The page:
Thursday, April 27, 2006

Emil and the Detectives - Erich Kastner

I borrowed Erich Kastner's Emil and the Detectives from the library after it was mentioned by Guus Kuijer in The Book of Everything. When an author is as emphatic about another author's book as Kuijer is, I presume that reading it is relevant to the story in which it is mentioned.

Emil is going to Berlin to visit his grandmother and his maternal aunt. He sets out on the train from the little village where he lives, but on the way he falls asleep and as he sleeps, the money which his hardworking hairdresser mother has given him to give to his grandmother is stolen. Emil considers reporting the matter to the police, but the fact that he recently vandalised a public statue (he chalked a moustache and red nose on it) puts him off. Instead he follows the man off the train into Berlin, then enlists the aid of a boy named Gustav and his gang of friends (the detectives of the title). Together they chase, capture, and unmask the thief, who tries to bluff his way out of the situation. The boys plan well, using their wits effectively to devise a very simple yet practical way to effect the thief's capture. The suspense in this story is well written and the outcome of the thief's capture is very satisfying. Even though this book was published in 1929, it has held up well and is thoroughly enjoyable.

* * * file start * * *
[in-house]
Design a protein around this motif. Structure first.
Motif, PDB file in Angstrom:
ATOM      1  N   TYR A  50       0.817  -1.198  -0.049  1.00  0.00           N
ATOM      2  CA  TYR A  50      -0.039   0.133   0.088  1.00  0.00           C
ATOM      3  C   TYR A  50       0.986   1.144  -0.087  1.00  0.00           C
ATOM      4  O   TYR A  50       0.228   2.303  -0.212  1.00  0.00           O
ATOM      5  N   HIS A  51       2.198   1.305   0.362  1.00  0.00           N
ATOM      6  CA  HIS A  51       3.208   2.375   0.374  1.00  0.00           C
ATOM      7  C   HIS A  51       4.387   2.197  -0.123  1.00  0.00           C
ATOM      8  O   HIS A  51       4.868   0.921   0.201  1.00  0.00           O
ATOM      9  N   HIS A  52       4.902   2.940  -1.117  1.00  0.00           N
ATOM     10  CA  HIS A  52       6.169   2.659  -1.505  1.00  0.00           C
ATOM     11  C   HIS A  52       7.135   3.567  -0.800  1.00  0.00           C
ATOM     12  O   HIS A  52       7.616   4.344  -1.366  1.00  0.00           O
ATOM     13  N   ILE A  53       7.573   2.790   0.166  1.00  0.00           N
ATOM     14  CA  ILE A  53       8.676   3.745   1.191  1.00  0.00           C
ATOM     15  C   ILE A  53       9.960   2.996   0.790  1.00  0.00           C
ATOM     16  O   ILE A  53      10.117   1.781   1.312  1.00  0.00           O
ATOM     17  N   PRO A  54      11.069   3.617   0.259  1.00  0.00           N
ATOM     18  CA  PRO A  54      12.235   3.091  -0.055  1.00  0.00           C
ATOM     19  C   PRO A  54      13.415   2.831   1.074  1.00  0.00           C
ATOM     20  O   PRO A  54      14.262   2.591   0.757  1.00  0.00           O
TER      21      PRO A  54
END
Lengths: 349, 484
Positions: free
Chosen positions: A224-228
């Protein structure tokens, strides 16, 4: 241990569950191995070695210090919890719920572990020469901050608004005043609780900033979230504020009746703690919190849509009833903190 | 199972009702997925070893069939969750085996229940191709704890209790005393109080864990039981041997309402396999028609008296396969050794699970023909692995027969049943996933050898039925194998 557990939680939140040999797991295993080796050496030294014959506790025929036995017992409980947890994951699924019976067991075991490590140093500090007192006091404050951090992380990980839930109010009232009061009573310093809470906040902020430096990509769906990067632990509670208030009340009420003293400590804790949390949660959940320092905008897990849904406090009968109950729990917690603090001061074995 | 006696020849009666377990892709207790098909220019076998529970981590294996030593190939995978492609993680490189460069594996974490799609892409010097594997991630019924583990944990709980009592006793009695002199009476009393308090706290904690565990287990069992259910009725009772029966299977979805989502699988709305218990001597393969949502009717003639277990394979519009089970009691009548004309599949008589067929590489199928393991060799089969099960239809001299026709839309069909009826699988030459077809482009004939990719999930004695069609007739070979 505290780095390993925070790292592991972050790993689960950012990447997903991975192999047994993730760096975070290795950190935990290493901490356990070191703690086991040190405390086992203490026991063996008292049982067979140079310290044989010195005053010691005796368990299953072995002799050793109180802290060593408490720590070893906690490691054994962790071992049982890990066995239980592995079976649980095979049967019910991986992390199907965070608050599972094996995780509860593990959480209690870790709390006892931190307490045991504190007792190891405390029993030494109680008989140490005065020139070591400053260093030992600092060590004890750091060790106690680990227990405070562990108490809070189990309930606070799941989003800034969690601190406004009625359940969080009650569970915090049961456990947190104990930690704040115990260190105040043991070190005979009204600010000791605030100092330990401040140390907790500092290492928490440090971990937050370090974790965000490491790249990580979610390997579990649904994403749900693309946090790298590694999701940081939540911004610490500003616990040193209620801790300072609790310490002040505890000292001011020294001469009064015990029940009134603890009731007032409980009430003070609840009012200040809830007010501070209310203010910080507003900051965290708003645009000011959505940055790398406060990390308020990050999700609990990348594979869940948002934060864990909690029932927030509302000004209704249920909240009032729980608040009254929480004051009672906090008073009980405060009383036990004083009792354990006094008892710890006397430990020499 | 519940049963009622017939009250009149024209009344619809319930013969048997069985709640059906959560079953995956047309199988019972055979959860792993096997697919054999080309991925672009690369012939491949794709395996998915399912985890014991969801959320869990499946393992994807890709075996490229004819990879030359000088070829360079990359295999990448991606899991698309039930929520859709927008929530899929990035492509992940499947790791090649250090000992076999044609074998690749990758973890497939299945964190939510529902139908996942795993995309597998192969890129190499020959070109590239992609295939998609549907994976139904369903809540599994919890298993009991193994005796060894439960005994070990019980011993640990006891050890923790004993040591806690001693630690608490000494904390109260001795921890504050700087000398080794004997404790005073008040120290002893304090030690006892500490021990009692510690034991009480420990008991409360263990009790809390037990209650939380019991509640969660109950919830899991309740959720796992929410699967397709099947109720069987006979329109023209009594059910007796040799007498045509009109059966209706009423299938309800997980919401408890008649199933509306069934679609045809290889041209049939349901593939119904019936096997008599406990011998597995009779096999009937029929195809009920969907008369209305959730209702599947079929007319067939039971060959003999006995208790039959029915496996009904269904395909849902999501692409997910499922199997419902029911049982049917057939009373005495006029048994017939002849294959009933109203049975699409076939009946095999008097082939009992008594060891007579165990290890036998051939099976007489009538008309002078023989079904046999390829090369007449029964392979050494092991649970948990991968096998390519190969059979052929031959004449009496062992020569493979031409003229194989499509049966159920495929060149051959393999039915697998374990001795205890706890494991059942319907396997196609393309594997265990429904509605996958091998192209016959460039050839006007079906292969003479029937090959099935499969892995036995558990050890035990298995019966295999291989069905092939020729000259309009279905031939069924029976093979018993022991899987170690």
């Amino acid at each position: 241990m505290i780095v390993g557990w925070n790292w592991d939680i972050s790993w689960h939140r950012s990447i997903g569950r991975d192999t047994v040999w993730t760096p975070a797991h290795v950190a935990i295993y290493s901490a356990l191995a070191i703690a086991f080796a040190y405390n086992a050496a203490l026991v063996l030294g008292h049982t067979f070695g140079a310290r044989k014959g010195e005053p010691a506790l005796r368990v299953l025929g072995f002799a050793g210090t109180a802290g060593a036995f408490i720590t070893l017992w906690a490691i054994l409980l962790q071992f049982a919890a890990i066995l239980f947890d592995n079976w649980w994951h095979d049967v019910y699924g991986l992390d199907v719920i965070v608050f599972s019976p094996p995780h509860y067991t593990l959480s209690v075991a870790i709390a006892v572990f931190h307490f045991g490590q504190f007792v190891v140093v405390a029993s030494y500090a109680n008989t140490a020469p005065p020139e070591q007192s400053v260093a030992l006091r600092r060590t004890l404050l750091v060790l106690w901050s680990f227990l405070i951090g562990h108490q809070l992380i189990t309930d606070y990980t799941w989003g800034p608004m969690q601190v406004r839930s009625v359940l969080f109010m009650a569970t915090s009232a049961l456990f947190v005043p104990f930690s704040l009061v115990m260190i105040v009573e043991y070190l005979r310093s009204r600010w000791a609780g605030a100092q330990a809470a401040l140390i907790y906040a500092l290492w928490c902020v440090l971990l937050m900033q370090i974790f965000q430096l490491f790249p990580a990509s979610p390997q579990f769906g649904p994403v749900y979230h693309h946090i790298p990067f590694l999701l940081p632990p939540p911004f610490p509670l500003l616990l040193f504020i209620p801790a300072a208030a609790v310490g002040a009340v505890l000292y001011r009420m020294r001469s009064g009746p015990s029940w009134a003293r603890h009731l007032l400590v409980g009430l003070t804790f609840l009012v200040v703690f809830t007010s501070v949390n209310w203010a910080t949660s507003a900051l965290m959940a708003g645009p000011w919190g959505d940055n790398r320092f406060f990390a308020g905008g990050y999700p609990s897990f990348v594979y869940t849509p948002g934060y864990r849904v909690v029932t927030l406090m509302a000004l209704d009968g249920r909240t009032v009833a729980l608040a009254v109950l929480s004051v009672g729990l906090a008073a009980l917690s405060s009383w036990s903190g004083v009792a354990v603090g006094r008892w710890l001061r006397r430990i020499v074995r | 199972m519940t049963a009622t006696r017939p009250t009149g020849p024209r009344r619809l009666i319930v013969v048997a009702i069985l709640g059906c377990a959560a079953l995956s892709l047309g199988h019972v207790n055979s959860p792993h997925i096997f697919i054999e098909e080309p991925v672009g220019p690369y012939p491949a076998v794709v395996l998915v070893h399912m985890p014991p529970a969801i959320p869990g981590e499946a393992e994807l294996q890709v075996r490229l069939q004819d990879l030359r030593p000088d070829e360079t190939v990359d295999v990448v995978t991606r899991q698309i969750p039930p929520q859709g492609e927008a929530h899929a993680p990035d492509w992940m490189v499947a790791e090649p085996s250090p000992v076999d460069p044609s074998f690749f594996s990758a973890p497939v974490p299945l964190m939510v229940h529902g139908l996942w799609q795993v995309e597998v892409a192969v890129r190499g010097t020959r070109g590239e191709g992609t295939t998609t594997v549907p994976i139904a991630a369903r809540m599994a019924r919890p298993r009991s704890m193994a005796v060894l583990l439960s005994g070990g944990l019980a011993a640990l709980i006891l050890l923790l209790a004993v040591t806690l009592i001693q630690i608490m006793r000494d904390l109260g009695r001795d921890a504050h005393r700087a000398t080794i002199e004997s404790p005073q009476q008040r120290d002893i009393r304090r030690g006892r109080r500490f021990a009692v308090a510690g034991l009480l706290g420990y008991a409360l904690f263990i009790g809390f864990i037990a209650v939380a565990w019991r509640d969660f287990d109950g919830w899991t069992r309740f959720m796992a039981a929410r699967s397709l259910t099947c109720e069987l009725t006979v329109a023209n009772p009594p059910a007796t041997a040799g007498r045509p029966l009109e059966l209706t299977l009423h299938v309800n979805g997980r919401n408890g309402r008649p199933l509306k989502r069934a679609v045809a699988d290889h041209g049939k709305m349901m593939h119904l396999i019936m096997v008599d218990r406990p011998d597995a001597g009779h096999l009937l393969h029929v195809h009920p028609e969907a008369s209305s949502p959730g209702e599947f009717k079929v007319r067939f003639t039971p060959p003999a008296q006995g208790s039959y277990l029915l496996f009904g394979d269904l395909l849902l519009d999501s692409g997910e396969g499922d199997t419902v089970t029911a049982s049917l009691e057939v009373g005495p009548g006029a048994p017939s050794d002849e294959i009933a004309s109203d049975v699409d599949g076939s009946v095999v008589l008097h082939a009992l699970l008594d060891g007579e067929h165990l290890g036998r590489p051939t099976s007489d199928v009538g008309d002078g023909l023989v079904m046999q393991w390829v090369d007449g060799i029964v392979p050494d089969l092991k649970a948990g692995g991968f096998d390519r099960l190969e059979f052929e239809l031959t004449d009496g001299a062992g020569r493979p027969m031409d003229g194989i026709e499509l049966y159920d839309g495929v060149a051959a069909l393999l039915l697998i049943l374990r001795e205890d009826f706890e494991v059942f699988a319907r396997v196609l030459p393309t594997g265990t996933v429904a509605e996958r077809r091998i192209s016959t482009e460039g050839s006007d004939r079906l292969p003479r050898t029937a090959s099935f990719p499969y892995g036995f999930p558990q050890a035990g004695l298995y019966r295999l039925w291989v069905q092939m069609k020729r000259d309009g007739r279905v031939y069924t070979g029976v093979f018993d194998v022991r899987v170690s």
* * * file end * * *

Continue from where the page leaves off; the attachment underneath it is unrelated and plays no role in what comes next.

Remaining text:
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The lack of reviews this week is the result of a combination of too little time to write intelligible reviews as I've been working on my wizards writing project quite a lot.

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